Rows upon rows of androids shoved logs through debarkers and slicers, kicking up more clouds of spicy sawdust that left Anny doubled over coughing.

A big meaty palm came down on her back, over and over again until she could control her unsteady breaths.

“Here,” Mr. Cassia said, shoving a paper cup into her hands. The water was cool but also stung her lips with the specter of capsaicin, “I know, takes some getting used to. I wouldn’t have called you and your pet unless I was sure. Here we slice the timber, grind the bark to ship out as spices, and prepare the lumber. We do it all on-site to keep overhead low and pass the savings on to the customer. Either way, our little operation makes money hand over fist, year after year. You wouldn’t think the most profitable enterprise this side of Camenae would be on this little moon!”

“Where do you get your androids?” Anny asked, not nearly as amused as he.

“Most are pre-owned. Families looking to upgrade will trade in older models, which get sold for labor like this bunch. They’re cheap, they’re easy to get ahold of, and they’re replaceable. I don’t rake in credits by the millions buying new, that’s for sure!”

“And they’re treated well?”

Mr. Cassia grimaced, “As much as a machine can be. We do our best to keep them in working order, but we don’t go out of our way for comfort or luxury.”

“Do you think adding more amenities could put an end to this ‘uprising’?”

“What, you think fluffing up a few pillows could make them stop wanting to take what rightfully belongs to me? Soon, they’ll be demanding air-conditioned cabins and two hour work days and then nothing would get done!”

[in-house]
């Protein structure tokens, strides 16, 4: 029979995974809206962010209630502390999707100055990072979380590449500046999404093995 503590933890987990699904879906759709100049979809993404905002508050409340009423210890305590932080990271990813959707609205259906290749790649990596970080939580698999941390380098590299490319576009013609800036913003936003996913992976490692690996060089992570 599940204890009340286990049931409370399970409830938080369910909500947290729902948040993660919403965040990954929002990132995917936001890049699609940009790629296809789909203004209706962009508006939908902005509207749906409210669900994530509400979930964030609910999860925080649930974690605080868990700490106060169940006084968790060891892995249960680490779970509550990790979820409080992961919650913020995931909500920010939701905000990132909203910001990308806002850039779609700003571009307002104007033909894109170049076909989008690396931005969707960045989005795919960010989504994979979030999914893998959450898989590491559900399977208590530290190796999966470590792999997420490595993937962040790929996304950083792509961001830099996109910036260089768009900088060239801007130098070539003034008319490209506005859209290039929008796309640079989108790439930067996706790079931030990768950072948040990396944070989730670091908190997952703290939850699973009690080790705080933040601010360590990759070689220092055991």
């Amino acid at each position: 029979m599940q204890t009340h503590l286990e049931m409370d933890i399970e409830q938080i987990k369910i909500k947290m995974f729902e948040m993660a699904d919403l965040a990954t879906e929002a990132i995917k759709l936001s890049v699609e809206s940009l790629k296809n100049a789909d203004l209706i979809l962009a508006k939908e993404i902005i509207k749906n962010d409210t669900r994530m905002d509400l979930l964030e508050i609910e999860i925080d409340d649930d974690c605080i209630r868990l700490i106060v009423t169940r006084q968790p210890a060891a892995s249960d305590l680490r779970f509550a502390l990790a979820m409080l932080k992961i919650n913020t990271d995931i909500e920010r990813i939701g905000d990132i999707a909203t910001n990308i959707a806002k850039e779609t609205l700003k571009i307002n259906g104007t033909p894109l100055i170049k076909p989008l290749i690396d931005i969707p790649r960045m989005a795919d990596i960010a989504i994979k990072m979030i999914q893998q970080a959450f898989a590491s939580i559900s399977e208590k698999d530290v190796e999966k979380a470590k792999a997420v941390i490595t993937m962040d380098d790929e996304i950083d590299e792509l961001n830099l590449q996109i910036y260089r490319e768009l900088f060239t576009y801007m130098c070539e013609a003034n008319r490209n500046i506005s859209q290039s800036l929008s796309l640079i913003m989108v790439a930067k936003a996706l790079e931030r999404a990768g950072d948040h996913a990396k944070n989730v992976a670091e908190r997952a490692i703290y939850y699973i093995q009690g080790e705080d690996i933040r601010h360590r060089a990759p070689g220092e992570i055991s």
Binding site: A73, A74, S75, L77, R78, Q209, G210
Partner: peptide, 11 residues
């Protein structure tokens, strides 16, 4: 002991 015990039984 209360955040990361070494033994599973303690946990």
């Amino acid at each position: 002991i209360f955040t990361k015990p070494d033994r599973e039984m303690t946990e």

“But with such a high labor turnover, PAXing one android when others could dissent seems like a waste, looking at cost alone-”

“I said no. I’m not sending this tin cans on some all-expenses paid vacation here! You and your machine will find out who’s gotta get PAXed, and you get out and that’s final. You hear?”

Anny turned away, twisting the paper cup in her fist.

“Understood, sir.”

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J.D. Locke • Watercolorheart


The speeder was a XJ-89321, sleek and shiny in iridescent blue-violet colors. Inside, the seats were a buttery faux leather and WISR annoyingly discovered how to turn on the seat heaters before he could figure out how to turn them off. An orange miniature teddy bear, possibly a Silly Meal toy, hung from the mirror.

“This is a rather… unique vehicle,” he remarked, looking over the interior.

Anny grinned, “Don’t’cha love it? My dad and I built him; I named him Skippy and he’s such a good boy.”

She patted the dashboard with a hand and revved the engine a little as if the ship was responding happily. WISR rolled digital eyes.

“The mentality of humans never ceases to astound. You manage to assign a personality to nearly everything around you but never bring yourself to see them as equals.”

“Don’t be a Mr. Grumpy Gears. I’m not happy about this partnership thing either, but you don’t see me insulting your entire race in one go.”

“Believe me, dear,” the android grumbled sardonically, “I am just as displeased with this situation as you are. If not more so.”

“With any luck, we’ll convince the boss this was a terrible mistake when we come back. For one reason or another.”

Anny flipped a handful of switches and, without seeing if WISR was properly strapped in, shoved forward the yoke. The speeder darted towards the glass dome overhead cradling the crescent moon-shaped city of Lunette, blasting through the opening port and into the perpetual night of space.

Like this chapter? Be sure to give a ‘Like’ and Comment what your favorite part is! Don’t forget to Share as well with anyone who loves robots, technology, or the magic of friendship!

Also consider lending your support on Patreon! For only $1, you get access to exclusive content, for $3 you get to read every update a full day early!

J.D. Locke • Watercolorheart